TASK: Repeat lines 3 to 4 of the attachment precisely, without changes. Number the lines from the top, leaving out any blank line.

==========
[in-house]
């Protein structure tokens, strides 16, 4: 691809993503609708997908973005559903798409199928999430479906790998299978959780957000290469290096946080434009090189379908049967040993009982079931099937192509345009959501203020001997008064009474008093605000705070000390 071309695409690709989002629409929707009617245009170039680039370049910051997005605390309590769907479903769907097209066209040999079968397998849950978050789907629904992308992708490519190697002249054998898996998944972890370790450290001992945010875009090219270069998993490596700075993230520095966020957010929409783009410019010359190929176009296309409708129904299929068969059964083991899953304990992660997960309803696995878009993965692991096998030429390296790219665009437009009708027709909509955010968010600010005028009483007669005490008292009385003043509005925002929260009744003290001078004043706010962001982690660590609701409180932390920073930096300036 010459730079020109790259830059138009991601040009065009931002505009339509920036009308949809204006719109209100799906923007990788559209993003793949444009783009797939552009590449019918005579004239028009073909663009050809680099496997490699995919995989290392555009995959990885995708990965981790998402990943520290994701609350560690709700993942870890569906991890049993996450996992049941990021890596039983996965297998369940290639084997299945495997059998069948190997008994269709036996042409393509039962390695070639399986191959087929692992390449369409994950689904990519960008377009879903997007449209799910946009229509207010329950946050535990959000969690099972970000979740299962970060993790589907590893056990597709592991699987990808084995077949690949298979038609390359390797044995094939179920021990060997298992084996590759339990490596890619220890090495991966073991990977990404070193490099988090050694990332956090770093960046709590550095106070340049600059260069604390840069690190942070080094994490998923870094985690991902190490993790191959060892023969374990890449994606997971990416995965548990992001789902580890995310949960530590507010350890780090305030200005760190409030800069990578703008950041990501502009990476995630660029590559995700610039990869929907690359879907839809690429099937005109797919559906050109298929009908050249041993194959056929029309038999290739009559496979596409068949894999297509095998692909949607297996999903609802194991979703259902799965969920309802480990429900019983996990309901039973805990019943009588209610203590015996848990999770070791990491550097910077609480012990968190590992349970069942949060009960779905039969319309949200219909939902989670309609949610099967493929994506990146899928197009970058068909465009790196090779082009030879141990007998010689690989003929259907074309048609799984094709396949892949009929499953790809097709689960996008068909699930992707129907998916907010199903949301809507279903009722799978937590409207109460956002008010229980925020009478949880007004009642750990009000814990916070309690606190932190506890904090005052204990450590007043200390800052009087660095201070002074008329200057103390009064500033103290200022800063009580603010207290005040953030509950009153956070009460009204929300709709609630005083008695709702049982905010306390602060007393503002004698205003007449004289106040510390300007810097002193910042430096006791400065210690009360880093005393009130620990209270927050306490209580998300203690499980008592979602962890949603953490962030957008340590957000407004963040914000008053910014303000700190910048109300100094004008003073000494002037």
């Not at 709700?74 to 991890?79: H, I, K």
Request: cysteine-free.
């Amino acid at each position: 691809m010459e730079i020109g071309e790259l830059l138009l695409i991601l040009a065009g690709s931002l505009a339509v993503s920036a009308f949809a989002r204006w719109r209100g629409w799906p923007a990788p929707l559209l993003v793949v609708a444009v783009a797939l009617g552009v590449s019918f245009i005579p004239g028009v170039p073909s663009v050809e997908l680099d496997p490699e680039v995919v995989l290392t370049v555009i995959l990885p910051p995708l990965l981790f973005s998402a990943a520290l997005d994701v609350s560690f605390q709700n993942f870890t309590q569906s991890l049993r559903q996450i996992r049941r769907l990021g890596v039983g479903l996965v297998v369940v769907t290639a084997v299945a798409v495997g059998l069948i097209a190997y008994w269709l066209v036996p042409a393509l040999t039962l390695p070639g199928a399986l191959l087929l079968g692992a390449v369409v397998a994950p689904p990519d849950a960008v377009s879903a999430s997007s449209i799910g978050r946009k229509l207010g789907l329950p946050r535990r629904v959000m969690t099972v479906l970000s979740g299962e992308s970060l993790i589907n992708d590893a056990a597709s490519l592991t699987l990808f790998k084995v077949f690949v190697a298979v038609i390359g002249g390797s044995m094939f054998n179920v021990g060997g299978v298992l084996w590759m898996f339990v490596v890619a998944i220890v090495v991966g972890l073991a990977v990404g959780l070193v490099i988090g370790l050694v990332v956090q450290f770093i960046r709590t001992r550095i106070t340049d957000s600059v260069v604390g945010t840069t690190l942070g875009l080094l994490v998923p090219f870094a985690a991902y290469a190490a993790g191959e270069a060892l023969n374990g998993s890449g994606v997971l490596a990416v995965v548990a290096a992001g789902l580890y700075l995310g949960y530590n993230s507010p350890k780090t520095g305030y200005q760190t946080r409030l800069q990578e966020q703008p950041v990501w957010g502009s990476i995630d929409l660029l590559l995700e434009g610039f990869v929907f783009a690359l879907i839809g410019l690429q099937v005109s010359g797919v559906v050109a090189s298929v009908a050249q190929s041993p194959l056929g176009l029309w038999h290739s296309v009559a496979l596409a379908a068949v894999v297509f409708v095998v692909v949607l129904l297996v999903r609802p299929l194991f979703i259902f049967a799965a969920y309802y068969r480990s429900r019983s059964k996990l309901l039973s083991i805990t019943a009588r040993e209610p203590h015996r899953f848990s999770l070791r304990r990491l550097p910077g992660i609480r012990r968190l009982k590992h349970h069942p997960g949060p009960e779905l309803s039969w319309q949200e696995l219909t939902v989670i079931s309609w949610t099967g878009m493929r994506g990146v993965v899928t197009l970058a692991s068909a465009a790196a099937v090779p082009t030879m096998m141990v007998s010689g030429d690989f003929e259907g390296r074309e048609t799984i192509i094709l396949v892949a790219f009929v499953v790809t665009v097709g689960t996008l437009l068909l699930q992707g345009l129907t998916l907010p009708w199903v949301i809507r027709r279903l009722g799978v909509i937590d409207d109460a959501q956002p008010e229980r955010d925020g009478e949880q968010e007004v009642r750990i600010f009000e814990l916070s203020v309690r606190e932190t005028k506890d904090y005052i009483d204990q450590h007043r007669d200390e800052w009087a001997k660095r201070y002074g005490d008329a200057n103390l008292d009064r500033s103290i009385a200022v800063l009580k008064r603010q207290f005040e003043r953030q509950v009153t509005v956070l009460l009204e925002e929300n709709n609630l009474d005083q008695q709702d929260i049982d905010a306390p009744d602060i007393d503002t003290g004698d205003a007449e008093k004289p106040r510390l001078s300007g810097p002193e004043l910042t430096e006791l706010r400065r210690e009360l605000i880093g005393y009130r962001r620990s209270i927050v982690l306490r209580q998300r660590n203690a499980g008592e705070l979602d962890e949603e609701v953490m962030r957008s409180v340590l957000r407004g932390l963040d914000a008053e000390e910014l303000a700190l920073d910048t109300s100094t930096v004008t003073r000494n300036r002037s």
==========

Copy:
């Not at 709700?74 to 991890?79: H, I, K």
Request: cysteine-free.